This was a particularly rewarding project because Drury Southwest has their own internal engineering staff – very knowledgeable, and very environmentally aware – who wanted to get involved. The fact that Microgrid would not only do the audit work but also offer informal training to their own engineers along the way really appealed to Drury Southwest.
Tim Schulz, Microgrid Energy Project Engineer, took part in the Texas trip. He said Microgrid worked with the Energy Manager for Drury Southwest and three other engineers. The engineers told Tim that “a major reason they were assigned to the project was to learn what types of measures could be made to save energy and how to implement similar measures throughout all Drury properties. We told them which measurements were important, and why, and where the best places are to look for energy efficiency measures. They were very knowledgeable about their buildings and we all had fun working together.”
Tim pointed out that “one of the unique challenges for hotels is that almost every room requires different conditioning, comfort and energy requirements, because each guest likes different conditions. This means that apportioning energy use to different categories can sometimes be tricky,” he said.
“Also, many of the suggested efficiency measures have to be made with guest comfort and convenience in mind. In hot places – such as San Antonio and Houston – keeping the building cool accounts for a large portion of the energy needs. However, the high temperatures and more direct sun can also be taken advantage of through measures such as solar thermal heating of domestic water, especially advantageous where demand for hot water is constant…such as a hotel. In fact, Drury Plaza on the Riverwalk in San Antonio is already doing this.”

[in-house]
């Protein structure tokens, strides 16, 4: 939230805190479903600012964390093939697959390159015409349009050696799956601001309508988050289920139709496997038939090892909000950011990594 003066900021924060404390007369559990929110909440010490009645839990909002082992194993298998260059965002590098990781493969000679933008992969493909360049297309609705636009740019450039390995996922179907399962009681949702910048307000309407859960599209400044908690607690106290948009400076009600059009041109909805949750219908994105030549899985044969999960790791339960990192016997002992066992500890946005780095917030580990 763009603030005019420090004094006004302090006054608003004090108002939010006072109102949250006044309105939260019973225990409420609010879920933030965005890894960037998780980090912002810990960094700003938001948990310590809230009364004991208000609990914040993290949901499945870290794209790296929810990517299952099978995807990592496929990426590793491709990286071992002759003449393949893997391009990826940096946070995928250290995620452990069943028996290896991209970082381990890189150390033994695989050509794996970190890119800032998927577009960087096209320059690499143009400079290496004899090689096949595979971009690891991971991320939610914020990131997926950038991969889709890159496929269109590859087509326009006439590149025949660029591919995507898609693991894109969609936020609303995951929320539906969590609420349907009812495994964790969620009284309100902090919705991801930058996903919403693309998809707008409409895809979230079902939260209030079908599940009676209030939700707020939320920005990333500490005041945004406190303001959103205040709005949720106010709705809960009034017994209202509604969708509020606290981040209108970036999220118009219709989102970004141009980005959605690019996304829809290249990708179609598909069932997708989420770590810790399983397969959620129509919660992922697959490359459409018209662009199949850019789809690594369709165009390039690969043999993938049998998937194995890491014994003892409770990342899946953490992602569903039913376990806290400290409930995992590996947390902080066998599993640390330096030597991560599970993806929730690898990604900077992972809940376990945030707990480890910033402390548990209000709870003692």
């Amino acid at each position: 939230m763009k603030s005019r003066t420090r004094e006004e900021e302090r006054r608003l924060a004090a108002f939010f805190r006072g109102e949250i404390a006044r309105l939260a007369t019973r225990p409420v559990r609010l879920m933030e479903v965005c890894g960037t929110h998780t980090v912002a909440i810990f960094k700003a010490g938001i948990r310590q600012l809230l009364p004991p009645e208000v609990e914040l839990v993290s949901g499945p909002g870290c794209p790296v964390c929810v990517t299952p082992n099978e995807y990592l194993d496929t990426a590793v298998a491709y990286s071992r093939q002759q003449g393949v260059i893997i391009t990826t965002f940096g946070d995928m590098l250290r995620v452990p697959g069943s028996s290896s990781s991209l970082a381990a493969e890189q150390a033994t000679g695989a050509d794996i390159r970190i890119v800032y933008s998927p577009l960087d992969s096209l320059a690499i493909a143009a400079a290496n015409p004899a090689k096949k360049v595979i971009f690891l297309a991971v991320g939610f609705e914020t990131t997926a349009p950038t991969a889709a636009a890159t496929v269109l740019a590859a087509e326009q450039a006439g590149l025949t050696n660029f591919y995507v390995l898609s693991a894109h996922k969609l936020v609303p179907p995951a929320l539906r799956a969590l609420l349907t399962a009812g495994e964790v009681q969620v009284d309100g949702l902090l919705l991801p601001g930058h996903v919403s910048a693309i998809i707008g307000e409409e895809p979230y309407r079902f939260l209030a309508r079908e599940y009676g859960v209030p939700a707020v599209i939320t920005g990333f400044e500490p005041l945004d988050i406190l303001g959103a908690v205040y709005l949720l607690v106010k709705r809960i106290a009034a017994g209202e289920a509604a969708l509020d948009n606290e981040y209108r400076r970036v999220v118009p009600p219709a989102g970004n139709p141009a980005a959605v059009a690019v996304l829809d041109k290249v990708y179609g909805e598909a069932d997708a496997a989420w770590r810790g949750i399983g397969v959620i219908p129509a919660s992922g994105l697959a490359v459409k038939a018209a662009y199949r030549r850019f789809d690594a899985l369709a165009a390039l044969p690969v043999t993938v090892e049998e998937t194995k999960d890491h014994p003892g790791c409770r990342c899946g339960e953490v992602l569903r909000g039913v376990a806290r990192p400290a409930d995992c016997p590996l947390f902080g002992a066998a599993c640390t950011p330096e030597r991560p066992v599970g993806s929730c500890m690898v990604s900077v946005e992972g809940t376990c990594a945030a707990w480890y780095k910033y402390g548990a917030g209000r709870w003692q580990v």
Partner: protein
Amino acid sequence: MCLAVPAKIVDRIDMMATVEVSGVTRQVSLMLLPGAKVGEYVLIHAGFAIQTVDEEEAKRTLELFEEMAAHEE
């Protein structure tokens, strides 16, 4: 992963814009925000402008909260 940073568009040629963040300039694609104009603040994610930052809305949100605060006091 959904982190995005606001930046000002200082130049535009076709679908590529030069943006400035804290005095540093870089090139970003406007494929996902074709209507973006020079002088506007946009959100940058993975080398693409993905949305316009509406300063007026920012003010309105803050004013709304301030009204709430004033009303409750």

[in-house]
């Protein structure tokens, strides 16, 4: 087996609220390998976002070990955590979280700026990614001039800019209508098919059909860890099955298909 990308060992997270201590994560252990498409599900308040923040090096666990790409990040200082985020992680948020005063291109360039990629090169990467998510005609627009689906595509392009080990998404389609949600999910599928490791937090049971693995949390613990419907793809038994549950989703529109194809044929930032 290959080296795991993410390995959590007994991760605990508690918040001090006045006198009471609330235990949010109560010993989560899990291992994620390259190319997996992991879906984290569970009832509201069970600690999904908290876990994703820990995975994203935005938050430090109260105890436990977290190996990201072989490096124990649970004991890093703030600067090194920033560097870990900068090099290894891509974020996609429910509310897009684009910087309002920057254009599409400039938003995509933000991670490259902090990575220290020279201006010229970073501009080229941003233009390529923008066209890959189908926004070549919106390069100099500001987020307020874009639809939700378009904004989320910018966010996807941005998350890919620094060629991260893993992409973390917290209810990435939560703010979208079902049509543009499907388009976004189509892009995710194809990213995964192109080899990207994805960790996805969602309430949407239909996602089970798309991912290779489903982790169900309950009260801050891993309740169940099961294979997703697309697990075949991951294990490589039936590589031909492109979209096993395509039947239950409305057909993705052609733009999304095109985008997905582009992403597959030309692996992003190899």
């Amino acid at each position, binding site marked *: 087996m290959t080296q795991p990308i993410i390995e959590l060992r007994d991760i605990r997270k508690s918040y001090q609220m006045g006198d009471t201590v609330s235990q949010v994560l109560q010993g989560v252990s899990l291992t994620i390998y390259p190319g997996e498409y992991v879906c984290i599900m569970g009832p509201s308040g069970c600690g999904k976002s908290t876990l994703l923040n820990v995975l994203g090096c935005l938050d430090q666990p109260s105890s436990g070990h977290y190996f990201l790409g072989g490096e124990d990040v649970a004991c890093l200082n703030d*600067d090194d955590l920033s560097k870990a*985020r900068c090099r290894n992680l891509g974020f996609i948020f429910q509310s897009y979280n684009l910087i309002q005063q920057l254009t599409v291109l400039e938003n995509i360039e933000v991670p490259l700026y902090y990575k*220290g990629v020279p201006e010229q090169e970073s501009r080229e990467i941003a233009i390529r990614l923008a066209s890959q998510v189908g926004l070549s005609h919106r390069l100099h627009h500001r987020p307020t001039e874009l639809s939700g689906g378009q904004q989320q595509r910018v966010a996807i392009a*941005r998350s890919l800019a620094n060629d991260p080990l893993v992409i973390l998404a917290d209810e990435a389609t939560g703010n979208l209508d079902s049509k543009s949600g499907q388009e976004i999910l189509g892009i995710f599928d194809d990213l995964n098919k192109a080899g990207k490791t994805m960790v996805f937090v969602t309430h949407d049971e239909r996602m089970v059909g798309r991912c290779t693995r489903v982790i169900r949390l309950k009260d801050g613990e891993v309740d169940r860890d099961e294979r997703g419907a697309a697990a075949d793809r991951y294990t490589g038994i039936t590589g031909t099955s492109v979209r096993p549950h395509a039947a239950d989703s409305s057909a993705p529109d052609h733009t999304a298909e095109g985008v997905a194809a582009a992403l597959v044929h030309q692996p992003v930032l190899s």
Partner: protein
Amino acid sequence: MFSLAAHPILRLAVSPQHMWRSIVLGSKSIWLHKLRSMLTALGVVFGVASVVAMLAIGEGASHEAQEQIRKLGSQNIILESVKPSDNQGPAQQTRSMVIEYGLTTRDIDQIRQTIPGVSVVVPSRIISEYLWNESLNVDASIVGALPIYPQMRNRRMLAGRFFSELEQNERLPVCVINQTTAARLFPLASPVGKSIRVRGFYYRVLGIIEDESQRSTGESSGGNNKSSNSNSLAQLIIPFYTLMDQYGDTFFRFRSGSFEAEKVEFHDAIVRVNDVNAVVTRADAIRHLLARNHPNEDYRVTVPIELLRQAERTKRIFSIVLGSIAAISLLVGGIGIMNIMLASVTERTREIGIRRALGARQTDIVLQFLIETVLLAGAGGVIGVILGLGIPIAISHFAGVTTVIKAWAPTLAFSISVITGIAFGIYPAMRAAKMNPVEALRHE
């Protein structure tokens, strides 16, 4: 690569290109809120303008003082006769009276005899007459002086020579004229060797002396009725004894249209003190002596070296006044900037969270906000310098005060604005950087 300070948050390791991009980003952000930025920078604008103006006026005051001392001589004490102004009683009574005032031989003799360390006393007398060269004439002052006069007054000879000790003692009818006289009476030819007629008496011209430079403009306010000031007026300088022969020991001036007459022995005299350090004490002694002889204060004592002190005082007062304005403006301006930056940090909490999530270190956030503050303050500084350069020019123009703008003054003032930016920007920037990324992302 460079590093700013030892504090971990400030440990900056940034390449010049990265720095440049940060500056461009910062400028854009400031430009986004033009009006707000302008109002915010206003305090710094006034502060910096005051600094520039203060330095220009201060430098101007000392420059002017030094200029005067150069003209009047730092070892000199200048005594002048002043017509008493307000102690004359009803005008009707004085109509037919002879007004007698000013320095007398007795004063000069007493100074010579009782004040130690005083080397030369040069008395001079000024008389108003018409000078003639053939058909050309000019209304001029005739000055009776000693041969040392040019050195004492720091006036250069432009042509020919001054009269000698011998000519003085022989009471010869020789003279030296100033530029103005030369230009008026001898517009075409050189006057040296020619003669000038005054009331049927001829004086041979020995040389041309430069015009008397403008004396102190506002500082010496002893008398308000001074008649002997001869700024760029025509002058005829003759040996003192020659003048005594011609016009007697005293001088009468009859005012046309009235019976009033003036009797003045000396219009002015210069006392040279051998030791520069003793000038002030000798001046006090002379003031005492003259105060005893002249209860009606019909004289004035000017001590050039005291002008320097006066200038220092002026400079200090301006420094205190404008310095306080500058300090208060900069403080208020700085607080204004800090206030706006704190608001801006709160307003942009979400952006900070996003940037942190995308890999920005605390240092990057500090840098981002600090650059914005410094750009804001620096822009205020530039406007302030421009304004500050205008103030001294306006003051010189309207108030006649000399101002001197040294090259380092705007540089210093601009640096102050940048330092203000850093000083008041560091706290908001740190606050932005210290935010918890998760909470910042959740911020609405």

Drury Southwest’s long term energy goal is to reduce their energy consumption by 10% across all of their properties. “Based on what we saw in each [audit],” Tim said, “this is a very realistic and attainable goal.”
Usually, the more information a client has about long-term financial effects, the more confident they are that taking measures to improve energy efficiency is the wise thing to do. Telling people that energy efficiency is both ecologically friendly and economically savvy is good. But showing people – as audits do – is even better.
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* Quick review: An ASHRAE audit is an audit conducted according to the standards set out by the American Society of Heating, Air Conditioning and Refrigeration Engineers. (Yes, there is one of those.) A Level II audit provides more detailed energy calculations and a more detailed financial analysis of proposed changes; the latter especially help the building owner to understand the full picture of costs and benefits involved in taking – or not taking – each suggested measure.